But what we do learn from the media?s focus on this ?new shocking revelation?, is the technology of secret, off the record, underground intelligence operations working for either a breakaway civilization, living side by side with earth?s existing civilizations, or operated as a spook operation serving a multinational global elite seeking to control and rule the world, is far more advanced than previously believed. Moreover, it would seem likely this new ?leak? is just another bit of predictive programming designed to alert the world?something even bigger is already in the works.

The data center, at a cost of $2 billion ( but much higher, based on the cost of the technology already created to make this possible) is probably the outward tip of an iceberg to introduce and indoctrinate the public to something even worse than the news that every bit of human communication and knowledge is and has been recorded for decades.

In terms of data storage, some publications suggest the data center will house digital storage capacities on the order of YottaBytes which is a number so large it is incomprehensible to the human mind.? A Yottabyte is one septillion bytes or 10 to the 24th power bytes. Enough storage, indeed, to record and keep every single bit of human digital information; every phone call, text message, Internet chat, Email, song, word spoken, every book, bank account, all financial data, patents, stolen intellectual property, and more. With this amount of storage and more on the way, as the ?law of accellerating returns? turns out denser and faster memory, the entire realtime movie of mankind can be recorded, analyzed and used, for what ? only the gods know.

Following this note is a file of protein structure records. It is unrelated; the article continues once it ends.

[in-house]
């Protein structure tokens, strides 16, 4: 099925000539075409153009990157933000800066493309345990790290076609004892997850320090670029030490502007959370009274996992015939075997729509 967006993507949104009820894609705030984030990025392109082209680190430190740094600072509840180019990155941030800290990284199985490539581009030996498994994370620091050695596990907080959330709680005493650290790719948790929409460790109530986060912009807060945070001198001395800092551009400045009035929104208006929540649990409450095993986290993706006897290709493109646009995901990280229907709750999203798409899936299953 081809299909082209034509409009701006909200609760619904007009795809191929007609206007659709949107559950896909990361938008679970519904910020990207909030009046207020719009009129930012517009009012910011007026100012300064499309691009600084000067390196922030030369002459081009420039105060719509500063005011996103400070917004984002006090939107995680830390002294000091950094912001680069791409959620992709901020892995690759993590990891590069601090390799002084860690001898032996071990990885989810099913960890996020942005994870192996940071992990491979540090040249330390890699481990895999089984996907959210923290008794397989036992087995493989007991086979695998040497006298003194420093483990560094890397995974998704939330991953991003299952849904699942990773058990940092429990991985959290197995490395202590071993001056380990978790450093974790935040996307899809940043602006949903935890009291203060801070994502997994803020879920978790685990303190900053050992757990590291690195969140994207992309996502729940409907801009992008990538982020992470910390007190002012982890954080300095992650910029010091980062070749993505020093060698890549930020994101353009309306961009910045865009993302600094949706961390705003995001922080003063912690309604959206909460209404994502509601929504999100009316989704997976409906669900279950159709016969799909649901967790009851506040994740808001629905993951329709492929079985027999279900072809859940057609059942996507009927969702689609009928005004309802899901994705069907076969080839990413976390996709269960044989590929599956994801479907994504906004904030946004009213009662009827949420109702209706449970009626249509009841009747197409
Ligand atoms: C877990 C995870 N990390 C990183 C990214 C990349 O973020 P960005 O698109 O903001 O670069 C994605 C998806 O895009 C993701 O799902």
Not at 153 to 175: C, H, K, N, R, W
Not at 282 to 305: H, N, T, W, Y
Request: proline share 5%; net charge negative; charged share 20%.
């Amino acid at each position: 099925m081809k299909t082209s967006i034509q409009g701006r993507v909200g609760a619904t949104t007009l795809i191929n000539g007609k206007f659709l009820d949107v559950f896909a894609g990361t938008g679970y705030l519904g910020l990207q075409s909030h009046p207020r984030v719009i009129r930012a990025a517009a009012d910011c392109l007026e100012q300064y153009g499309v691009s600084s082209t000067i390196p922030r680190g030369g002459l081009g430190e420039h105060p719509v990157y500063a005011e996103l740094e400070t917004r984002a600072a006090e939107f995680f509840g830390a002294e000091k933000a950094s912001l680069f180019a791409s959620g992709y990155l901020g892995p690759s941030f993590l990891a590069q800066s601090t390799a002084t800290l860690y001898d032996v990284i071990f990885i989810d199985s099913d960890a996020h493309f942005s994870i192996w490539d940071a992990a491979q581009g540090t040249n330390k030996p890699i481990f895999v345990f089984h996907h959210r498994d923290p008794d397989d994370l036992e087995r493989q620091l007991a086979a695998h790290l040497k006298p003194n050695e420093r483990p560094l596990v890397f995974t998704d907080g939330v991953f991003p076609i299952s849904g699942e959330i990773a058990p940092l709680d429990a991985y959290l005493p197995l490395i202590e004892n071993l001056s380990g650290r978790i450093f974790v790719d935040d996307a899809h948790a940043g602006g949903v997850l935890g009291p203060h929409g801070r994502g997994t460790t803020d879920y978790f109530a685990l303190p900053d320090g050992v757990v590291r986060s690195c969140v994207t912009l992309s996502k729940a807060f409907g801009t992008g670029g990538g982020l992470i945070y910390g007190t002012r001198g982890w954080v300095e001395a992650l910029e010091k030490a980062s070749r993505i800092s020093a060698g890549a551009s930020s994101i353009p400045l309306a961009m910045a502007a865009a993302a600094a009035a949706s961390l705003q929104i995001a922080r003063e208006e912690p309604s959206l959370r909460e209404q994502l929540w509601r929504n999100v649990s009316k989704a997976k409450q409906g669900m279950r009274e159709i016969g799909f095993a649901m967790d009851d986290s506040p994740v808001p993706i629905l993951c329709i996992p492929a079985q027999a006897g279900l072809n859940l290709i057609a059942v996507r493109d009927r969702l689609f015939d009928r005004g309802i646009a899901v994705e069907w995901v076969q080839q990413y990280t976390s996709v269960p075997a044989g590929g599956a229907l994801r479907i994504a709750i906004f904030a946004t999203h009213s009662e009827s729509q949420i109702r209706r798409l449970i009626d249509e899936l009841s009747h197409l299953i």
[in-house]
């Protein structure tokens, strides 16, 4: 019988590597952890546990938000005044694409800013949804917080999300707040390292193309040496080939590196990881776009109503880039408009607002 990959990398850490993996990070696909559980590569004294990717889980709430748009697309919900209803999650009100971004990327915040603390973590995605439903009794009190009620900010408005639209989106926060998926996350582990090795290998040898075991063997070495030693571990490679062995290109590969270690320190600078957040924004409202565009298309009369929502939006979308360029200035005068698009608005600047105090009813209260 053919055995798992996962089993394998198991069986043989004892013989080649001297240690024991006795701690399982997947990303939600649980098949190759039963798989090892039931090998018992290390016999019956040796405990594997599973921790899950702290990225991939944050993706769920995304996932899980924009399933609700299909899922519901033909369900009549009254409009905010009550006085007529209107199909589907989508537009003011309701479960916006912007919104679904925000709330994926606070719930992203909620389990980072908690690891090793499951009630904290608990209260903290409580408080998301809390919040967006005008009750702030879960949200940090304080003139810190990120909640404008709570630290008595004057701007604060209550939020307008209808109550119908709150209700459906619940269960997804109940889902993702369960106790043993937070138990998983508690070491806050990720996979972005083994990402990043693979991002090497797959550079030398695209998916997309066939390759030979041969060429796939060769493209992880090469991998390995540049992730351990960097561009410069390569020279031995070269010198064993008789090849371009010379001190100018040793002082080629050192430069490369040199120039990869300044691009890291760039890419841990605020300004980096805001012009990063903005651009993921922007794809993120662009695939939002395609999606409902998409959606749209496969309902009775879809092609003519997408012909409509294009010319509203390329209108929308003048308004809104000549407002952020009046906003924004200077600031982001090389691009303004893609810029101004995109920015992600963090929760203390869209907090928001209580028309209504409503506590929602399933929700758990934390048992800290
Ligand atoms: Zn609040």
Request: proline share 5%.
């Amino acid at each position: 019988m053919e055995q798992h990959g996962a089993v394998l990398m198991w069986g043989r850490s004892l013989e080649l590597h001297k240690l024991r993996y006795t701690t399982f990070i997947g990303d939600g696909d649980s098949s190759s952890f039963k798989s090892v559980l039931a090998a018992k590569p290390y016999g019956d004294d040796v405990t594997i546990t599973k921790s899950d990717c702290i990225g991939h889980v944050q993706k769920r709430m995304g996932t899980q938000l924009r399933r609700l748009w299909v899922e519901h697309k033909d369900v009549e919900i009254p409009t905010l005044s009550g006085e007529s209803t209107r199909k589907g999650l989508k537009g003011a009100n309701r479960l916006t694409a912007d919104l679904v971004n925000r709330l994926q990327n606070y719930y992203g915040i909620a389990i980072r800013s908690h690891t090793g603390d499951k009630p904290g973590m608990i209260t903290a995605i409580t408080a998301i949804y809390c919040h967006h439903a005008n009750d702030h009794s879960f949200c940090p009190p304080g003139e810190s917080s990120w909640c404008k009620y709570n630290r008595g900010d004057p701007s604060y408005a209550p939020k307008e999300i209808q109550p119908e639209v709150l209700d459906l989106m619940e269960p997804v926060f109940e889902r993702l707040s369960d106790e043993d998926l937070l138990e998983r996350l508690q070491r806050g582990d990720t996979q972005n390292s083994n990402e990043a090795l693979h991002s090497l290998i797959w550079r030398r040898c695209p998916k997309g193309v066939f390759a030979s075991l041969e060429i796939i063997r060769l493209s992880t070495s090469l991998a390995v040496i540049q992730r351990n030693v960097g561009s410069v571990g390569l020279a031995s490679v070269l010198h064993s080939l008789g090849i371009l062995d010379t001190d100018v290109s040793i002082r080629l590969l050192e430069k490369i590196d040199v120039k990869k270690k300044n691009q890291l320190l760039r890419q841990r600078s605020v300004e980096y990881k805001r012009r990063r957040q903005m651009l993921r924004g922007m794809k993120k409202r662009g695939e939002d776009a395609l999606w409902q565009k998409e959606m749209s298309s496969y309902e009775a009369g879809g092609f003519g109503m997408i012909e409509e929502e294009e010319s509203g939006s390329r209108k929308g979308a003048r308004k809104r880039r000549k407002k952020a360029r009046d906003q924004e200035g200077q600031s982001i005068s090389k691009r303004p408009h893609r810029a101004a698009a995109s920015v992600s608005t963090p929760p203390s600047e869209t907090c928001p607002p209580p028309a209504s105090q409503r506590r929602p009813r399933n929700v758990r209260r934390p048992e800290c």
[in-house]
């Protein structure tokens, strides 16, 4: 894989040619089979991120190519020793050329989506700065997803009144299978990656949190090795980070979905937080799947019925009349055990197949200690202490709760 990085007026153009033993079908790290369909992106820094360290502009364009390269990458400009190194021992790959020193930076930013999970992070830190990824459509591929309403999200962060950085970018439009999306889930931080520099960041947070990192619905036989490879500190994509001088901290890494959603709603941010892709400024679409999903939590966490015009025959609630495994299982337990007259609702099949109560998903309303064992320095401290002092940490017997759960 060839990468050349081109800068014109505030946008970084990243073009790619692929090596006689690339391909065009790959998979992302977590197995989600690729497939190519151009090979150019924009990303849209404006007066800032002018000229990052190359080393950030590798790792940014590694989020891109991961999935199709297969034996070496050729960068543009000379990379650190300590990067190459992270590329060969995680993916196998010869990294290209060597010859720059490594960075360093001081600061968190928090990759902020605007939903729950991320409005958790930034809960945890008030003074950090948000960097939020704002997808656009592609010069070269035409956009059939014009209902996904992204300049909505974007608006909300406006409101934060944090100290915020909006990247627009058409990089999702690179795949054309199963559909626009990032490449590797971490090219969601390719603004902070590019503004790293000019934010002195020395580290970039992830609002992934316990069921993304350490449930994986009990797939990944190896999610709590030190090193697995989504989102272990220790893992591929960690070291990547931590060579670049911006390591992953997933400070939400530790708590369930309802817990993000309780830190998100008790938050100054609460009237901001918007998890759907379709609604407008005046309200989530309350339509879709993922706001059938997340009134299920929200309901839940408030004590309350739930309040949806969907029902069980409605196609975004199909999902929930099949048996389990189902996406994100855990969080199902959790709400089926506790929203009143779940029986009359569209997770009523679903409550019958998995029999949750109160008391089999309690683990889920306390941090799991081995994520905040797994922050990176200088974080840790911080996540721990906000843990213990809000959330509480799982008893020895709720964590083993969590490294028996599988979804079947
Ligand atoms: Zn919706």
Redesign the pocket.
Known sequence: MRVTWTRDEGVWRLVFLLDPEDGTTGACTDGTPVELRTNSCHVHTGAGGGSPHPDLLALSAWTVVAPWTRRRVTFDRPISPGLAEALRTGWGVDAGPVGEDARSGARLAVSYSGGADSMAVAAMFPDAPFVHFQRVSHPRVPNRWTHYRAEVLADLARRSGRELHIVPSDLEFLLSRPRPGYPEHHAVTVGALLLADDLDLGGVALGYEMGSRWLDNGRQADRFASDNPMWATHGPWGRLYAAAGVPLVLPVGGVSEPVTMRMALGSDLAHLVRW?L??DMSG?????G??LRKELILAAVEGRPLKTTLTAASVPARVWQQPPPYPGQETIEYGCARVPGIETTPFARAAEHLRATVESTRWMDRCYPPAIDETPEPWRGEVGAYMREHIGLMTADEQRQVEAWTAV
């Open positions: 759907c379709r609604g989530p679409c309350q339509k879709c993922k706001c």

Read More HERE


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Tuesday, September 17, 2013

The Wordsmith's Forge - Thoughts on Cover Art

Sharon Lee has an article about cover art that raises many interesting points.

Back when Agent of Change was first published ? by which I mean 1988 ? publishers actively discouraged writers and their cover artists from speaking to each other. It was felt, by the publishers, that writers weren?t artists, had no idea what image would sell a book; and would just confuse the artist if they started talking about what the characters looked like, or what the setting was, or what the most interesting scene in the book was.